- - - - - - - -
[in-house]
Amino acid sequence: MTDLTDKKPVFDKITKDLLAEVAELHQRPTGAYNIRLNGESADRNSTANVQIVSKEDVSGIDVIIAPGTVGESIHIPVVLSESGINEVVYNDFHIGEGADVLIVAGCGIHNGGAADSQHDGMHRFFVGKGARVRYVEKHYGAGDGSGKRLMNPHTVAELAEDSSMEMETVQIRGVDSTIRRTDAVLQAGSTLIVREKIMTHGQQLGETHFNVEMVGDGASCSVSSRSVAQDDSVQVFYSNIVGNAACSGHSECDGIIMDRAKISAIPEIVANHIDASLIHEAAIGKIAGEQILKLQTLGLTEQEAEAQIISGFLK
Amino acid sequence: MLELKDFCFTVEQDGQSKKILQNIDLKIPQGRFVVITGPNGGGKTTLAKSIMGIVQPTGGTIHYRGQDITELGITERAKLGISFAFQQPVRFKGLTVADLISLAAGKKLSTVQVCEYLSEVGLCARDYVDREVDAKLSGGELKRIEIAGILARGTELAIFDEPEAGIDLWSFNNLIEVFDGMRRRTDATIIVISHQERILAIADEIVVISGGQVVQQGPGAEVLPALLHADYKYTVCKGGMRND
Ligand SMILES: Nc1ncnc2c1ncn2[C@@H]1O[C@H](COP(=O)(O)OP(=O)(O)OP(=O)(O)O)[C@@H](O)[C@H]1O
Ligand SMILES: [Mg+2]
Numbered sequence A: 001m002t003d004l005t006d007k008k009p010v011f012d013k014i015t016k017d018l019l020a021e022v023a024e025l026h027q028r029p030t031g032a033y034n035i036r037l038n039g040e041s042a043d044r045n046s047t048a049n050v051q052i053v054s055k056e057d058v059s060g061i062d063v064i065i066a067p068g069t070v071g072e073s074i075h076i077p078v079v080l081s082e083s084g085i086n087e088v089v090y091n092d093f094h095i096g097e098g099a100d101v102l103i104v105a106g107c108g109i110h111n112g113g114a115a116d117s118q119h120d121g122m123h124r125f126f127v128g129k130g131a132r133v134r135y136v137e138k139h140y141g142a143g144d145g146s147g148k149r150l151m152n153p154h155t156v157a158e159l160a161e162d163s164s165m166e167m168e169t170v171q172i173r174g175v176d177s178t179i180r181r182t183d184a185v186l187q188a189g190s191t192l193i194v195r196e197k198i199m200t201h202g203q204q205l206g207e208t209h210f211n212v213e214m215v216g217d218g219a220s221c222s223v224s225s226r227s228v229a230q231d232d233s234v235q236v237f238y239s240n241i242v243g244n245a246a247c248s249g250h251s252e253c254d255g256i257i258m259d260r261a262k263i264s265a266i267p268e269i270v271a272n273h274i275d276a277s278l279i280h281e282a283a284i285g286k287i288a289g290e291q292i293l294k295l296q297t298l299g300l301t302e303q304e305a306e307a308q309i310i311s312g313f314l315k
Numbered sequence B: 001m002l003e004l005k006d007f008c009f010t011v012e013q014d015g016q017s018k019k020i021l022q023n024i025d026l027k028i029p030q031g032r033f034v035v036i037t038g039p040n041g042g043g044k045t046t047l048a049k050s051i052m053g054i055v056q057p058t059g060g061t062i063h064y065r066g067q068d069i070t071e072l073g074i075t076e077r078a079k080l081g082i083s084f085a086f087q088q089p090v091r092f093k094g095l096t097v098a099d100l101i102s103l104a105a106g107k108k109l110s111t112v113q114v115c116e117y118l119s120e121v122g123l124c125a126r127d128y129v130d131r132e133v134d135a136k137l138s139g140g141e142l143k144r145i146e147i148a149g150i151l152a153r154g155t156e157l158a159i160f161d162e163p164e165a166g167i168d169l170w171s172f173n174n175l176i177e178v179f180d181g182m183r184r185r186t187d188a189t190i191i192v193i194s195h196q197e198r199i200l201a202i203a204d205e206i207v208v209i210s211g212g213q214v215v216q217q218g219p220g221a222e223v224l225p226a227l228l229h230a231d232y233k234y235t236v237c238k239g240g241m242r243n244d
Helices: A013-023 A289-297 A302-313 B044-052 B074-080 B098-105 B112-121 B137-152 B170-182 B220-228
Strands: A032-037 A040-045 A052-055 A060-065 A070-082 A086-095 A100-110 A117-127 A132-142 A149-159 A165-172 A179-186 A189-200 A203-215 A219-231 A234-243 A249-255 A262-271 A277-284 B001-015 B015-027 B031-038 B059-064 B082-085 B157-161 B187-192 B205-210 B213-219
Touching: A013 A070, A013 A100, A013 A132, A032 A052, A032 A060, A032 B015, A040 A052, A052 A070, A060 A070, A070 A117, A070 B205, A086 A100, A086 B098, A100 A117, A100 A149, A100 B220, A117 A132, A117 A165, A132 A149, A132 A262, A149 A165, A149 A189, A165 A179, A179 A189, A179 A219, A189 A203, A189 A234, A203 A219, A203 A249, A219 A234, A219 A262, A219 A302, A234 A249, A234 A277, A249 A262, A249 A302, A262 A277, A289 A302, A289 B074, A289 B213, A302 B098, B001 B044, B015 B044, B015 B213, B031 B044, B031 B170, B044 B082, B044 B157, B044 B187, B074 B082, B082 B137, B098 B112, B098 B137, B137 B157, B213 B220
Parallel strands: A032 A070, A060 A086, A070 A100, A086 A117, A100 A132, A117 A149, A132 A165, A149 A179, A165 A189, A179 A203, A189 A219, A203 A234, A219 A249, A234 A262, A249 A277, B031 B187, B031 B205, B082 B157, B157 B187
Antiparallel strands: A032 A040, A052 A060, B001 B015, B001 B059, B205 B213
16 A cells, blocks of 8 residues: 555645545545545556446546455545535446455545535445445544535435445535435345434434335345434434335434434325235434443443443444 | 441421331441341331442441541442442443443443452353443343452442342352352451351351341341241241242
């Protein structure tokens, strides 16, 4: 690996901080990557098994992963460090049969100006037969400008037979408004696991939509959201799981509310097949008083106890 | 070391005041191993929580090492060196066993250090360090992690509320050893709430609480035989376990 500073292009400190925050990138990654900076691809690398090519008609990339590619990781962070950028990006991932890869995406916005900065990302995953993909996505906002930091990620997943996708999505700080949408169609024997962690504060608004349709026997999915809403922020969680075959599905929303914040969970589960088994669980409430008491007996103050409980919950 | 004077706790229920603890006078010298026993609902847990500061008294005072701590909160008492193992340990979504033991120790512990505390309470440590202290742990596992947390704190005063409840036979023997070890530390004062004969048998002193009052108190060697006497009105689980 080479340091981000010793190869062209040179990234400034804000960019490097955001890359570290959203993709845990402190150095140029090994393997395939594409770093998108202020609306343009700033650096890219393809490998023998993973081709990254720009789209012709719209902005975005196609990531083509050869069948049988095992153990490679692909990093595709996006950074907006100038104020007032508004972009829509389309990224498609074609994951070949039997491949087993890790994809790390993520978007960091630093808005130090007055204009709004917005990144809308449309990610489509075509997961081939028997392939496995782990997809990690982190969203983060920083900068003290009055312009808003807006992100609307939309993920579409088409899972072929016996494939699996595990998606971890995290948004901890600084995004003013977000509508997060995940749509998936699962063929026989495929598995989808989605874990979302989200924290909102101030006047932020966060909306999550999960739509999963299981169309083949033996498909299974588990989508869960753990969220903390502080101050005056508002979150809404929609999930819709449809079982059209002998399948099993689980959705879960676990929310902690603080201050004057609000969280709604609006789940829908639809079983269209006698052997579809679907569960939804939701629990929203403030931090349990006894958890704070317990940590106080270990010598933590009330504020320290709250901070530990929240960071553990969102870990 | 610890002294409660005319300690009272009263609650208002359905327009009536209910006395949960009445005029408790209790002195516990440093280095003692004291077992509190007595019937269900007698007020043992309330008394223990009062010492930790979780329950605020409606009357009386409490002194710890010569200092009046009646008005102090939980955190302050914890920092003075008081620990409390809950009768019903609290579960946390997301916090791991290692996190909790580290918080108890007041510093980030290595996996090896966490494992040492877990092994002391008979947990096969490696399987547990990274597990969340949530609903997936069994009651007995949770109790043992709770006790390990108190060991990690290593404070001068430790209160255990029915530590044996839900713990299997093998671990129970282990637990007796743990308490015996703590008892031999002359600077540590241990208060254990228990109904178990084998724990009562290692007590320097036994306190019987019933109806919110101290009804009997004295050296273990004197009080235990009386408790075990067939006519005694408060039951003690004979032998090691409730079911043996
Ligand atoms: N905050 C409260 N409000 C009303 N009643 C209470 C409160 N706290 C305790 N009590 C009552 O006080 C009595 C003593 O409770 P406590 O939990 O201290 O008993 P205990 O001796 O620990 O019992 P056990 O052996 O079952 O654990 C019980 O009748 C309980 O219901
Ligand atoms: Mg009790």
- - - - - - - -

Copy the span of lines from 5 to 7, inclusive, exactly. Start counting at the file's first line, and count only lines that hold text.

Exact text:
Ligand SMILES: [Mg+2]
Numbered sequence A: 001m002t003d004l005t006d007k008k009p010v011f012d013k014i015t016k017d018l019l020a021e022v023a024e025l026h027q028r029p030t031g032a033y034n035i036r037l038n039g040e041s042a043d044r045n046s047t048a049n050v051q052i053v054s055k056e057d058v059s060g061i062d063v064i065i066a067p068g069t070v071g072e073s074i075h076i077p078v079v080l081s082e083s084g085i086n087e088v089v090y091n092d093f094h095i096g097e098g099a100d101v102l103i104v105a106g107c108g109i110h111n112g113g114a115a116d117s118q119h120d121g122m123h124r125f126f127v128g129k130g131a132r133v134r135y136v137e138k139h140y141g142a143g144d145g146s147g148k149r150l151m152n153p154h155t156v157a158e159l160a161e162d163s164s165m166e167m168e169t170v171q172i173r174g175v176d177s178t179i180r181r182t183d184a185v186l187q188a189g190s191t192l193i194v195r196e197k198i199m200t201h202g203q204q205l206g207e208t209h210f211n212v213e214m215v216g217d218g219a220s221c222s223v224s225s226r227s228v229a230q231d232d233s234v235q236v237f238y239s240n241i242v243g244n245a246a247c248s249g250h251s252e253c254d255g256i257i258m259d260r261a262k263i264s265a266i267p268e269i270v271a272n273h274i275d276a277s278l279i280h281e282a283a284i285g286k287i288a289g290e291q292i293l294k295l296q297t298l299g300l301t302e303q304e305a306e307a308q309i310i311s312g313f314l315k
Numbered sequence B: 001m002l003e004l005k006d007f008c009f010t011v012e013q014d015g016q017s018k019k020i021l022q023n024i025d026l027k028i029p030q031g032r033f034v035v036i037t038g039p040n041g042g043g044k045t046t047l048a049k050s051i052m053g054i055v056q057p058t059g060g061t062i063h064y065r066g067q068d069i070t071e072l073g074i075t076e077r078a079k080l081g082i083s084f085a086f087q088q089p090v091r092f093k094g095l096t097v098a099d100l101i102s103l104a105a106g107k108k109l110s111t112v113q114v115c116e117y118l119s120e121v122g123l124c125a126r127d128y129v130d131r132e133v134d135a136k137l138s139g140g141e142l143k144r145i146e147i148a149g150i151l152a153r154g155t156e157l158a159i160f161d162e163p164e165a166g167i168d169l170w171s172f173n174n175l176i177e178v179f180d181g182m183r184r185r186t187d188a189t190i191i192v193i194s195h196q197e198r199i200l201a202i203a204d205e206i207v208v209i210s211g212g213q214v215v216q217q218g219p220g221a222e223v224l225p226a227l228l229h230a231d232y233k234y235t236v237c238k239g240g241m242r243n244d